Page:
So far, we have mentioned CNS involvement in general and now we aim to give a brief summary of studies on headache attributed to COVID-19 infection. The reports on the neurological presentations are rising significantly and headache has the lead on the symptom list.
Headache associated with systemic infections is usually nonspecific and actually there are no particular distinguishing or characteristic features. It was reported that headache was a frequent symptom in COVID-19 infection and there was an extreme diversity in its characteristics.

Do not Forget People’s Mental Health

Poorya Davoodi, Atousa Hashemi, Negin Ahmadfakhredin, Melika Jourablou, Meisam Akhlaghdoust, Hasan Mosazadeh

International Clinical Neuroscience Journal, Vol. 9 (2022), , Page e13

The outbreak of coronavirus disease 2019 (COVID-19) has changed the typical lifestyle of people worldwide for nearly two years. Maybe before the onset of this pandemic, no one believed that a virus could change all aspects of life. COVID-19 has had a catastrophic effect worldwide, and it has led to more than 5 million deaths.1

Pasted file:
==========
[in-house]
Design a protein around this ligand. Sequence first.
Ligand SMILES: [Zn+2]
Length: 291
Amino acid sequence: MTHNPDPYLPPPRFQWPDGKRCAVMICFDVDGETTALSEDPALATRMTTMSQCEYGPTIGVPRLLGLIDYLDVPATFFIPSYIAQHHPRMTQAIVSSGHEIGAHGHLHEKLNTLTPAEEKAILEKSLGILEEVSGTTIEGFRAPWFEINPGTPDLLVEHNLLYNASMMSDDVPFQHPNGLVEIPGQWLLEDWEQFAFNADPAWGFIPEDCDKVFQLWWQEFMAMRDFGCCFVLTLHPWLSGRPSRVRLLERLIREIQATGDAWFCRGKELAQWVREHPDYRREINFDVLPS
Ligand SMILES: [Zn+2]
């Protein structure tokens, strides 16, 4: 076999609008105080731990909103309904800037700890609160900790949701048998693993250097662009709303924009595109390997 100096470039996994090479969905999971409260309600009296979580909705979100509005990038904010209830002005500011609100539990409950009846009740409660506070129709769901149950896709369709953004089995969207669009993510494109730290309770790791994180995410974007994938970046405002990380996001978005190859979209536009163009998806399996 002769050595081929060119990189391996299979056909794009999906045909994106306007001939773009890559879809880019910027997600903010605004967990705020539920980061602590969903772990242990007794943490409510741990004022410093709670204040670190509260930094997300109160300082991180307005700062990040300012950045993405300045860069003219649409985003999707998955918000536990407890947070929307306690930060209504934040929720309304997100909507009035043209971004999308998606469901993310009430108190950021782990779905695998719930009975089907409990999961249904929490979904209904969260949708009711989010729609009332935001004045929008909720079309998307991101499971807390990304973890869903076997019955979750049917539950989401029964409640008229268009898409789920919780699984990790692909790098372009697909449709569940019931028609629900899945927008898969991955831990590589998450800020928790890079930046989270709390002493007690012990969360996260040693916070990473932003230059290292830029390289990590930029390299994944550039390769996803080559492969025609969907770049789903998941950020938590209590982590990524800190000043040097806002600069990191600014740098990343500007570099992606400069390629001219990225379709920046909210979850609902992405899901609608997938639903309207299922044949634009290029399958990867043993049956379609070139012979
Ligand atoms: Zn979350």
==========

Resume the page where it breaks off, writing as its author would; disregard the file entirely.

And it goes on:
Since the beginning of the COVID-19 pandemic, different factors such as emotional and exaggerated images and news, rumors, and misinformation about the origins and causes of the disease, have affected the lifestyle of the people, and many people have lost their family or friends., all leading to increased anxiety.2 The results of studies in the previous pandemics have shown that one of the most critical domains of harm is the mental health of people and the significant point is that the mental health of infected individuals was less affected than non-infected individuals. During the COVID-19 pandemic, different studies have evaluated the mental health of people. Fear and anxiety are common feelings that are experienced by patients with or suspected of COVID-19. A study published in 2020 showed that fear of illness results in increased anxiety and stress levels in patients, healthy individuals or health workers.